A guitar once owned by Jimi Hendrix is back on the market following years of legal dispute that ended recently with this terse statement: “Experience Hendrix LLC makes no claim of ownership concerning the Fender Stratocaster guitar serial number 213078 and will not interfere with any attempt by Greg Dorsett, Rock Stars Guitars, or any subsequent owner to transfer rights in the guitar.” The memo dated January 26, 2009, is signed by Janie L. Hendrix, president and CEO of Experience Hendrix LLC.
The guitar had been at the center of controversy for nearly a decade after Dorsett, a San Diego guitar-and-rock memorabilia dealer, attempted to sell it on eBay.
Dorsett owns Rock Stars Guitars. He and partner David Brewis bought the Strat from ex-Hendrix employee Tappy Wright in 1999 for a reported $60,000. Wright claimed that the late guitarist had made him a gift of the guitar sometime prior to his untimely death in 1970.
On March 12, 2001, the Strat went on eBay for auction. But four days later, eBay officials suspended the auction after receiving emails from Experience Hendrix LLC officials claiming that the guitar was either stolen or had never belonged to Hendrix. The auction was eventually reinstated, but bidding fell off sharply in the remaining days and did not meet the reserve. Dorsett took the guitar off the market. Later that year, he filed a defamation suit against Experience Hendrix LLC in San Diego Superior Court.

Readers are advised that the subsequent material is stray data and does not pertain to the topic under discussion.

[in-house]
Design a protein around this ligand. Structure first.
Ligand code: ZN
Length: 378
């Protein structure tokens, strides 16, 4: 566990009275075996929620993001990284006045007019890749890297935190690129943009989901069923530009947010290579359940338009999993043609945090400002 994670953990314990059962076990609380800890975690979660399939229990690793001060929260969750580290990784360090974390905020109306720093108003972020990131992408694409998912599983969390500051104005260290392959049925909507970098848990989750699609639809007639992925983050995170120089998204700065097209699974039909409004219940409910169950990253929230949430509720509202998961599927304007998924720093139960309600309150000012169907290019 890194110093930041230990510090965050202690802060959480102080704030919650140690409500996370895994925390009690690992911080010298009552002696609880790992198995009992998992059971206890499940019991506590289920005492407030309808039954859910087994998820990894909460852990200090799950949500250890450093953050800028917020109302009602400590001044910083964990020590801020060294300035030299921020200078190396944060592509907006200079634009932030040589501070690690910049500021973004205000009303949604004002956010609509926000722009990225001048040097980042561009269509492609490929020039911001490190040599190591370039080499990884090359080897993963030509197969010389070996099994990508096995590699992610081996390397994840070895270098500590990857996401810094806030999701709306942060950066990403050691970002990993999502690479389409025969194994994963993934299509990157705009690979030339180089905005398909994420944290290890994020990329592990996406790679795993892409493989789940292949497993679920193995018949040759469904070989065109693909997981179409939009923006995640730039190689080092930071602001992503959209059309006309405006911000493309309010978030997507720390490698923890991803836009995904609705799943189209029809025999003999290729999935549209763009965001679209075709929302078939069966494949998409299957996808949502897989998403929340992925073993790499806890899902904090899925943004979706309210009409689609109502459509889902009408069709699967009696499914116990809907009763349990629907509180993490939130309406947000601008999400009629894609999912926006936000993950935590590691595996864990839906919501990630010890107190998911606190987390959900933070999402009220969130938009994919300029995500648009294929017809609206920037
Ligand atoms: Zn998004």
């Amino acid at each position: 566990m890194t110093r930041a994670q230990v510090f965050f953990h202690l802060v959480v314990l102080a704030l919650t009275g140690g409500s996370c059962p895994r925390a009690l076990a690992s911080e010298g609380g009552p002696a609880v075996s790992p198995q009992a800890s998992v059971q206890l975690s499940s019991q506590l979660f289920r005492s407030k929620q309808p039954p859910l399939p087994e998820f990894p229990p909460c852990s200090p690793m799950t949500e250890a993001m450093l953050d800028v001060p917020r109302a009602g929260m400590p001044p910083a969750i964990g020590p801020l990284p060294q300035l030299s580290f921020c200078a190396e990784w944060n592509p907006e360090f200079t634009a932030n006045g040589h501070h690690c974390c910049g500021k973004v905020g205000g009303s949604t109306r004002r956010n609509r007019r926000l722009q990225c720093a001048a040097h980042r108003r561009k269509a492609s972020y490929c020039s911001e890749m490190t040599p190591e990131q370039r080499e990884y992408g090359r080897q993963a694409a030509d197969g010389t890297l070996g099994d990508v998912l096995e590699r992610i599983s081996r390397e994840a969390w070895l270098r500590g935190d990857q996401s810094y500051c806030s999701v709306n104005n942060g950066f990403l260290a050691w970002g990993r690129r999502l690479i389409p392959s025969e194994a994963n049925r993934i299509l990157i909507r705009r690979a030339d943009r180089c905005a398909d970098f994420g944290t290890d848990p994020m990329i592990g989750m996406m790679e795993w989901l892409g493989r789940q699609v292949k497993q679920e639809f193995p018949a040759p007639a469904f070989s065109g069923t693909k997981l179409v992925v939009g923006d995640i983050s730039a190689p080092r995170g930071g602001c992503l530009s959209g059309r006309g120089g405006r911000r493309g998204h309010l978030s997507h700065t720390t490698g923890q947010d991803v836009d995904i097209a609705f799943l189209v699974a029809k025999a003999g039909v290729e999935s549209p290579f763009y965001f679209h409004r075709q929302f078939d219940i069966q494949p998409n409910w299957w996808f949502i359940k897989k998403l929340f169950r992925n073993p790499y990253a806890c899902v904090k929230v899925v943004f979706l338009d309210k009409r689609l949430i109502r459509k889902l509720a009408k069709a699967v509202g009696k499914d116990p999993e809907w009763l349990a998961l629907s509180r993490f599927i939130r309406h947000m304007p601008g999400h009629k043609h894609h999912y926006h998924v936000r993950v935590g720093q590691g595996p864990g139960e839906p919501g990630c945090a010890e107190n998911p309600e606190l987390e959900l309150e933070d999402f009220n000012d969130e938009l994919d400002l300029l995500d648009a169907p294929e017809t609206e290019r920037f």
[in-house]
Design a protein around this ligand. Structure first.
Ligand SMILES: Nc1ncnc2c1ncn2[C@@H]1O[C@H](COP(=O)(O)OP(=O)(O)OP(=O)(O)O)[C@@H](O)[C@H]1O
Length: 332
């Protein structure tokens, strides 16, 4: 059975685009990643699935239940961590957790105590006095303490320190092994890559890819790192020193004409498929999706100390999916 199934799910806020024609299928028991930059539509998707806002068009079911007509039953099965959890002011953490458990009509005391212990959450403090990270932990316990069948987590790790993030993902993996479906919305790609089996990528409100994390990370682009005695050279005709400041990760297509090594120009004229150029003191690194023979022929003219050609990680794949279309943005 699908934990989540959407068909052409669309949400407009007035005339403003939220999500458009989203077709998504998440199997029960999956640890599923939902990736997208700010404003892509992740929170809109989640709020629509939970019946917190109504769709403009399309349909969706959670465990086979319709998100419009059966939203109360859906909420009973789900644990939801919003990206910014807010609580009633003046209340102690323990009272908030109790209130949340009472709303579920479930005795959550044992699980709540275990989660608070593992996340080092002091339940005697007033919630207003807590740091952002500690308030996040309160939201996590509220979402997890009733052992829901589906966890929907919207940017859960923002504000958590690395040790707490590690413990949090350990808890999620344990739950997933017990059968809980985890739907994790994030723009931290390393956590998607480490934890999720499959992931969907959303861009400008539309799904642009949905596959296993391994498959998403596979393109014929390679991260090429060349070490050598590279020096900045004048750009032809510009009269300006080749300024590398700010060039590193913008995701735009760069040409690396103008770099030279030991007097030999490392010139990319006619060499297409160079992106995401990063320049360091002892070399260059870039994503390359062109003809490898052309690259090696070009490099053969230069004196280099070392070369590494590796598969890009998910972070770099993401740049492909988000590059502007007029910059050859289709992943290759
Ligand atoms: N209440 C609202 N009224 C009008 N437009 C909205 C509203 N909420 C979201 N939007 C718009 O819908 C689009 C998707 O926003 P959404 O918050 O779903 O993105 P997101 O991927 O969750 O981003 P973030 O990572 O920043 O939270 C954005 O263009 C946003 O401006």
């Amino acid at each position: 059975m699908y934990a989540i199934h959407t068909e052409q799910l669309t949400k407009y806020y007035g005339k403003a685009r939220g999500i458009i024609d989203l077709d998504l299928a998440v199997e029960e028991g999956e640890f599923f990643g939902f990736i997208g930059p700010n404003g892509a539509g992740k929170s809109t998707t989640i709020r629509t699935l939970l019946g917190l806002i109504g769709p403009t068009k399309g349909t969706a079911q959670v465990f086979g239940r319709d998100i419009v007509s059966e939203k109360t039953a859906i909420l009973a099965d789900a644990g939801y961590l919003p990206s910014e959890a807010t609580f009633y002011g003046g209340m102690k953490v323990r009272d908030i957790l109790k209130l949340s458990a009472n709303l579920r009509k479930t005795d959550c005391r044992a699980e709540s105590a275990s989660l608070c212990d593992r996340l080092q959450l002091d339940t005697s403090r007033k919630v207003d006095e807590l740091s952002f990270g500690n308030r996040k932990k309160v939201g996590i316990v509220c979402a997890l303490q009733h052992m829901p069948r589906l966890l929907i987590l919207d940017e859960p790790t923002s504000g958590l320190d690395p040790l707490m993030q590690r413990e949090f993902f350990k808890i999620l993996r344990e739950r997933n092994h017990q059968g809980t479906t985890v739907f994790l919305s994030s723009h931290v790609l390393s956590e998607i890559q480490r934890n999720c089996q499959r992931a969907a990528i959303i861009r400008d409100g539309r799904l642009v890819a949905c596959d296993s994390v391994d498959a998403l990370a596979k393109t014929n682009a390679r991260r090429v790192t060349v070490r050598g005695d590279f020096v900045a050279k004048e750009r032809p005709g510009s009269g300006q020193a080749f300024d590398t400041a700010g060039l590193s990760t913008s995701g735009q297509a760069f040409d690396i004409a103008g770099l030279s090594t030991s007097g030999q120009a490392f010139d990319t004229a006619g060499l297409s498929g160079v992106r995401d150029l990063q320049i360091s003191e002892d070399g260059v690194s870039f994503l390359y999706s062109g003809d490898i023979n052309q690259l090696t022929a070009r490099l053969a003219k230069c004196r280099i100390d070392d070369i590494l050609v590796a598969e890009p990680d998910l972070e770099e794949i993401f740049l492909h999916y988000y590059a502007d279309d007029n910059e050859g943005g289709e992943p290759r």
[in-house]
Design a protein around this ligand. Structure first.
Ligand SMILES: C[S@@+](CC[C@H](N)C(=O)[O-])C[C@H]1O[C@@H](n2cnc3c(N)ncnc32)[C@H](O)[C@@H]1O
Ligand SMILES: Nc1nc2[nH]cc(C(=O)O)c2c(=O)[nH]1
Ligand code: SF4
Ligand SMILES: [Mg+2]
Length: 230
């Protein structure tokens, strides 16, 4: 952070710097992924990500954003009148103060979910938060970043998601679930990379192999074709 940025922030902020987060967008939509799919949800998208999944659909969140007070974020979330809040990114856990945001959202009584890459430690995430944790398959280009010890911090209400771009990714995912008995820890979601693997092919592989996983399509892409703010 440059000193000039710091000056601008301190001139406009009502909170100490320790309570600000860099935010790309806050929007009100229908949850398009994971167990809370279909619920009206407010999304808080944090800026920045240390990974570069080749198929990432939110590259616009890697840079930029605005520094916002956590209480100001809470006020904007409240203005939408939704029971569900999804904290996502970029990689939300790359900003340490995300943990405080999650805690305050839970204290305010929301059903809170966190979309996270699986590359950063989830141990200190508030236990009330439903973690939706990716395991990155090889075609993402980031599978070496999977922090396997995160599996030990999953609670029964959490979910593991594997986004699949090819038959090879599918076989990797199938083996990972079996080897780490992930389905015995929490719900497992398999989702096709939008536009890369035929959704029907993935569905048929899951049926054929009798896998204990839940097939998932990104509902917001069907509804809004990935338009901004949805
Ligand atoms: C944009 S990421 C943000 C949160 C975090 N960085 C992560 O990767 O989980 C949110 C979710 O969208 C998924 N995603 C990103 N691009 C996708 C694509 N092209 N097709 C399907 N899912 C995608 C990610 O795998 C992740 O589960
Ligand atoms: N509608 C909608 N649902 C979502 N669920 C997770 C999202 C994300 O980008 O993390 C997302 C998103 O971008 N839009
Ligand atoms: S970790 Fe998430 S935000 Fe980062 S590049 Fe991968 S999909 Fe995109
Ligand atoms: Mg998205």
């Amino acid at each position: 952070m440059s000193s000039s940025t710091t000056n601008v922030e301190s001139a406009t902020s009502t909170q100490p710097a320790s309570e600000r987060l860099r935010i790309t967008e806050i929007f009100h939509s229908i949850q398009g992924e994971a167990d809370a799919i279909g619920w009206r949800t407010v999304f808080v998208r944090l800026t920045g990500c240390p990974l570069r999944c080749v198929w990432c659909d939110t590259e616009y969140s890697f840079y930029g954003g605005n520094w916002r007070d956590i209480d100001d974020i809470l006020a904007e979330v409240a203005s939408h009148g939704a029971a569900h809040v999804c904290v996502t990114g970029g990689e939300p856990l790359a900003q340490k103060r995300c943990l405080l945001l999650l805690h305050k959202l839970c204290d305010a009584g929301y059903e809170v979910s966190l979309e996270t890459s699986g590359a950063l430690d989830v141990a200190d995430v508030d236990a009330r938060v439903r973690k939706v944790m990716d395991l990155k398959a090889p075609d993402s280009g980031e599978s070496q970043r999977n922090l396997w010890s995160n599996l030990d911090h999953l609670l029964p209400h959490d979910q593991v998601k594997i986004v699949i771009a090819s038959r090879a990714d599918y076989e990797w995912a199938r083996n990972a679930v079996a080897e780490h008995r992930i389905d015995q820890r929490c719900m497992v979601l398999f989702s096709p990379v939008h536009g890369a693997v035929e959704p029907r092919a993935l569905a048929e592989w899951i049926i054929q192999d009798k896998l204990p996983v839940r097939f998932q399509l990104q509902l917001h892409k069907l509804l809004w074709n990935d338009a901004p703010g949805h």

“We wanted to prove that the statement that the guitar was stolen from Jimi Hendrix was false.” Dorsett’s attorney Michael Guta recalls. “One of the ways we were able to prove it, in addition to other evidence, was that the defendants [Hendrix LLC] wrote up a new letter that said that the guitar had never been Mr. Hendrix’s property. And so, the guitar could not be both stolen from him and never his property, so they had an inconsistency in their story, which went a long way to proving that the first story that the guitar was stolen was false.”
For Dorsett, the truth was always in the guitar’s provenance. Aside from Wright’s firsthand accounting, there are letters of authentication from rock drummer Carmine Appice and Norman Harris of Norm’s Rare Guitars. “The guitar,” he says, “has extensive left-handed wear [Hendrix was a lefty]. And there are certain things on the guitar that have not been changed since Jimi did the alterations.”
In May of 2003, a jury awarded Dorsett a total of $131,001 in damages.
Hendrix LLC filed an appeal.
In January of this year, the case finally came to a close when Hendrix’s heirs and Rock Stars Guitars reached an agreement to settle for an undisclosed sum and an agreement in writing that they would make no further claims nor interfere with Dorsett’s sale of the guitar.
Michael Guta says the famous guitar is back on the market at an asking price of $500,000.